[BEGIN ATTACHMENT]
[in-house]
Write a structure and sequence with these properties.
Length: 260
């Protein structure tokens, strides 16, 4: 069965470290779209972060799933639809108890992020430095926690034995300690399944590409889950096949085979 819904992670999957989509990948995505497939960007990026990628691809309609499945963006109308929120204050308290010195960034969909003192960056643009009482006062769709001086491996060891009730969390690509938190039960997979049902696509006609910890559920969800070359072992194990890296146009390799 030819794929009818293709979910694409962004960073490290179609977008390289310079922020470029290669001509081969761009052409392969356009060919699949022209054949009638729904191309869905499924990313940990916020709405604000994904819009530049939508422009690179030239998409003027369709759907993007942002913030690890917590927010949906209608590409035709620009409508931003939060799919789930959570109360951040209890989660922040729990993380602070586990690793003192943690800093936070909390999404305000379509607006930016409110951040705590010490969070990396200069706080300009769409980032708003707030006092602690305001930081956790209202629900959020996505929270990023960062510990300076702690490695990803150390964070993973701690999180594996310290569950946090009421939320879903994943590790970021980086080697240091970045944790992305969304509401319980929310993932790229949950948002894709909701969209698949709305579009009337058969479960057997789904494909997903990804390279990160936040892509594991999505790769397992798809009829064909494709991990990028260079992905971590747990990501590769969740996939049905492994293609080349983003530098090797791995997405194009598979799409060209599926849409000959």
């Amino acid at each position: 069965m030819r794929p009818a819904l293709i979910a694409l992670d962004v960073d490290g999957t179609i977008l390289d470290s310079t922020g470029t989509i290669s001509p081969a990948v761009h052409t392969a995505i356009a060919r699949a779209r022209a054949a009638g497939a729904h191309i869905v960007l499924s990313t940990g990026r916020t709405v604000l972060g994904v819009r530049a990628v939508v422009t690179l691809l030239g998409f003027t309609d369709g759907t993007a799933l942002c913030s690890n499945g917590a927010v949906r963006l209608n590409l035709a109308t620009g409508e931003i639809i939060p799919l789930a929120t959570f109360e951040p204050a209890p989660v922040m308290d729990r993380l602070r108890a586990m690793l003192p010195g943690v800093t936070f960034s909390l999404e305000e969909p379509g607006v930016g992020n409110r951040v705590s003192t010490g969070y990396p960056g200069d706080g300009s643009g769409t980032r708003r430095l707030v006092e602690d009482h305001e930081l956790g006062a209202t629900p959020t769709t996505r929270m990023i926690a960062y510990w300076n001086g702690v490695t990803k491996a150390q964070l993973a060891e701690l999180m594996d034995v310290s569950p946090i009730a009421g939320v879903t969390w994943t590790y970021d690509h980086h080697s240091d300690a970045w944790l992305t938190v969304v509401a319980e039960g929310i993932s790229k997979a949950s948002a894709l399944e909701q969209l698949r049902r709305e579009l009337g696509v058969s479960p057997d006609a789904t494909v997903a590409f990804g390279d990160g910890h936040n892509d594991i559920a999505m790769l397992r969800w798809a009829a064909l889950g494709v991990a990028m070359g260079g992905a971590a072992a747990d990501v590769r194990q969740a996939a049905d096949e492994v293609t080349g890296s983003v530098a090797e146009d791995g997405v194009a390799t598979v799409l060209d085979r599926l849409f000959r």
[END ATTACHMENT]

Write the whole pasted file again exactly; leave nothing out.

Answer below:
[in-house]
Write a structure and sequence with these properties.
Length: 260
């Protein structure tokens, strides 16, 4: 069965470290779209972060799933639809108890992020430095926690034995300690399944590409889950096949085979 819904992670999957989509990948995505497939960007990026990628691809309609499945963006109308929120204050308290010195960034969909003192960056643009009482006062769709001086491996060891009730969390690509938190039960997979049902696509006609910890559920969800070359072992194990890296146009390799 030819794929009818293709979910694409962004960073490290179609977008390289310079922020470029290669001509081969761009052409392969356009060919699949022209054949009638729904191309869905499924990313940990916020709405604000994904819009530049939508422009690179030239998409003027369709759907993007942002913030690890917590927010949906209608590409035709620009409508931003939060799919789930959570109360951040209890989660922040729990993380602070586990690793003192943690800093936070909390999404305000379509607006930016409110951040705590010490969070990396200069706080300009769409980032708003707030006092602690305001930081956790209202629900959020996505929270990023960062510990300076702690490695990803150390964070993973701690999180594996310290569950946090009421939320879903994943590790970021980086080697240091970045944790992305969304509401319980929310993932790229949950948002894709909701969209698949709305579009009337058969479960057997789904494909997903990804390279990160936040892509594991999505790769397992798809009829064909494709991990990028260079992905971590747990990501590769969740996939049905492994293609080349983003530098090797791995997405194009598979799409060209599926849409000959």
């Amino acid at each position: 069965m030819r794929p009818a819904l293709i979910a694409l992670d962004v960073d490290g999957t179609i977008l390289d470290s310079t922020g470029t989509i290669s001509p081969a990948v761009h052409t392969a995505i356009a060919r699949a779209r022209a054949a009638g497939a729904h191309i869905v960007l499924s990313t940990g990026r916020t709405v604000l972060g994904v819009r530049a990628v939508v422009t690179l691809l030239g998409f003027t309609d369709g759907t993007a799933l942002c913030s690890n499945g917590a927010v949906r963006l209608n590409l035709a109308t620009g409508e931003i639809i939060p799919l789930a929120t959570f109360e951040p204050a209890p989660v922040m308290d729990r993380l602070r108890a586990m690793l003192p010195g943690v800093t936070f960034s909390l999404e305000e969909p379509g607006v930016g992020n409110r951040v705590s003192t010490g969070y990396p960056g200069d706080g300009s643009g769409t980032r708003r430095l707030v006092e602690d009482h305001e930081l956790g006062a209202t629900p959020t769709t996505r929270m990023i926690a960062y510990w300076n001086g702690v490695t990803k491996a150390q964070l993973a060891e701690l999180m594996d034995v310290s569950p946090i009730a009421g939320v879903t969390w994943t590790y970021d690509h980086h080697s240091d300690a970045w944790l992305t938190v969304v509401a319980e039960g929310i993932s790229k997979a949950s948002a894709l399944e909701q969209l698949r049902r709305e579009l009337g696509v058969s479960p057997d006609a789904t494909v997903a590409f990804g390279d990160g910890h936040n892509d594991i559920a999505m790769l397992r969800w798809a009829a064909l889950g494709v991990a990028m070359g260079g992905a971590a072992a747990d990501v590769r194990q969740a996939a049905d096949e492994v293609t080349g890296s983003v530098a090797e146009d791995g997405v194009a390799t598979v799409l060209d085979r599926l849409f000959r």